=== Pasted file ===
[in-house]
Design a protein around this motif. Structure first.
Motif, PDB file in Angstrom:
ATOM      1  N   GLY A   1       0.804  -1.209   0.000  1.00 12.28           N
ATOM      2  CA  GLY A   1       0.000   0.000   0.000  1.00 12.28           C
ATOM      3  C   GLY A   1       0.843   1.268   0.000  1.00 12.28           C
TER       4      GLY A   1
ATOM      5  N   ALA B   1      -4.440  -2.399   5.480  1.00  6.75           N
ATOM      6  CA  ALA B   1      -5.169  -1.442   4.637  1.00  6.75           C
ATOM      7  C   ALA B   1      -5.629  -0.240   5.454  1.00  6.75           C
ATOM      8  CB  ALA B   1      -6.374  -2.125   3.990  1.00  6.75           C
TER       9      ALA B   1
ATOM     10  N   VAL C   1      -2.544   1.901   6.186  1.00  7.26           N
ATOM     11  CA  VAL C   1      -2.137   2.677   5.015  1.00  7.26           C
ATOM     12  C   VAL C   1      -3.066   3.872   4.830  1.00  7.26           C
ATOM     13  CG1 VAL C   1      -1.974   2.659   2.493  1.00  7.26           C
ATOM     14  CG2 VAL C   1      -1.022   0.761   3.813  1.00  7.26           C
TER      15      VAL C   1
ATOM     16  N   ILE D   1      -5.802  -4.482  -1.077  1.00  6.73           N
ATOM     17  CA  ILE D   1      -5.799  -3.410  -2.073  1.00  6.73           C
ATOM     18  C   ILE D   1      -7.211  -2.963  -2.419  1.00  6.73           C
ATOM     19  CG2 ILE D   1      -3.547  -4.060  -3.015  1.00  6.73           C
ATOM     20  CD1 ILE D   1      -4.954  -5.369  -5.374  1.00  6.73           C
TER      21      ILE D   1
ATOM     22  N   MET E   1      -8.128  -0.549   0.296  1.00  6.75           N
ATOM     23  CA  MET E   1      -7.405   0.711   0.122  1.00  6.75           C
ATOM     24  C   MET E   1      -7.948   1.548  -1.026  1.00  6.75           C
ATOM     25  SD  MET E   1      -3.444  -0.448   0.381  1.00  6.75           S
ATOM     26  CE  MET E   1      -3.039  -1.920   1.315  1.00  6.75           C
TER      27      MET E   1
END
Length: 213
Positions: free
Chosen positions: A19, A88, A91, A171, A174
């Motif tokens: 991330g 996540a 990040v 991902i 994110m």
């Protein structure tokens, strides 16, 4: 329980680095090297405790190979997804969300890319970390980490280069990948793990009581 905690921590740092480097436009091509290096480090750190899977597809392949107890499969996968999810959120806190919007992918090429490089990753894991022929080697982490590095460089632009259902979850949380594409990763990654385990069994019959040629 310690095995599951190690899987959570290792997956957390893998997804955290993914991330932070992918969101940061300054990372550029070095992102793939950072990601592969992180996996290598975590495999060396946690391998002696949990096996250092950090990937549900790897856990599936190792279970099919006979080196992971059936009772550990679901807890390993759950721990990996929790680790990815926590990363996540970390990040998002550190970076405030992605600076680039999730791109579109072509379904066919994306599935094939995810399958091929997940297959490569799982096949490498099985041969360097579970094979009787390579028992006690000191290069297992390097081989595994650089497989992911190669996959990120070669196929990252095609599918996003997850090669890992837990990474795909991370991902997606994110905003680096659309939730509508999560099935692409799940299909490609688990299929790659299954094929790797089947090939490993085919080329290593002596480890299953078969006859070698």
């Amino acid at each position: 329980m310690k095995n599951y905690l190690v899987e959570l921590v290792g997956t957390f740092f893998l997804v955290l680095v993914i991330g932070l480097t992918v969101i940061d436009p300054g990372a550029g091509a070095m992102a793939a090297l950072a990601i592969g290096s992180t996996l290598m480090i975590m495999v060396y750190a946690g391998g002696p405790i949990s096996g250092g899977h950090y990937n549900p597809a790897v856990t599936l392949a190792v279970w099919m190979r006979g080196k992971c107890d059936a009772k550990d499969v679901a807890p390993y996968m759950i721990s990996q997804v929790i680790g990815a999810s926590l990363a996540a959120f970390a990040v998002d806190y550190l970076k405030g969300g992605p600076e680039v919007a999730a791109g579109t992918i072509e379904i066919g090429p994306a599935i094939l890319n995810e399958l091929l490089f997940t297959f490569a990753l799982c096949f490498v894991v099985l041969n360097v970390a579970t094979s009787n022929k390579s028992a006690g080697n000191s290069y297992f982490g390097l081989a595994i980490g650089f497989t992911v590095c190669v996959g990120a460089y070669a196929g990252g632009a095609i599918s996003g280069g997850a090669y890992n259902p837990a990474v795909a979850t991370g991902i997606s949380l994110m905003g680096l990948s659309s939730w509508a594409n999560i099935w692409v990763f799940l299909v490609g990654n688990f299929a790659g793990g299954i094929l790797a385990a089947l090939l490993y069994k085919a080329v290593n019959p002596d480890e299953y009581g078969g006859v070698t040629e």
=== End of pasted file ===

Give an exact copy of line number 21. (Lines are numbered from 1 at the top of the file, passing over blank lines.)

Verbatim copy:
ATOM     18  C   ILE D   1      -7.211  -2.963  -2.419  1.00  6.73           C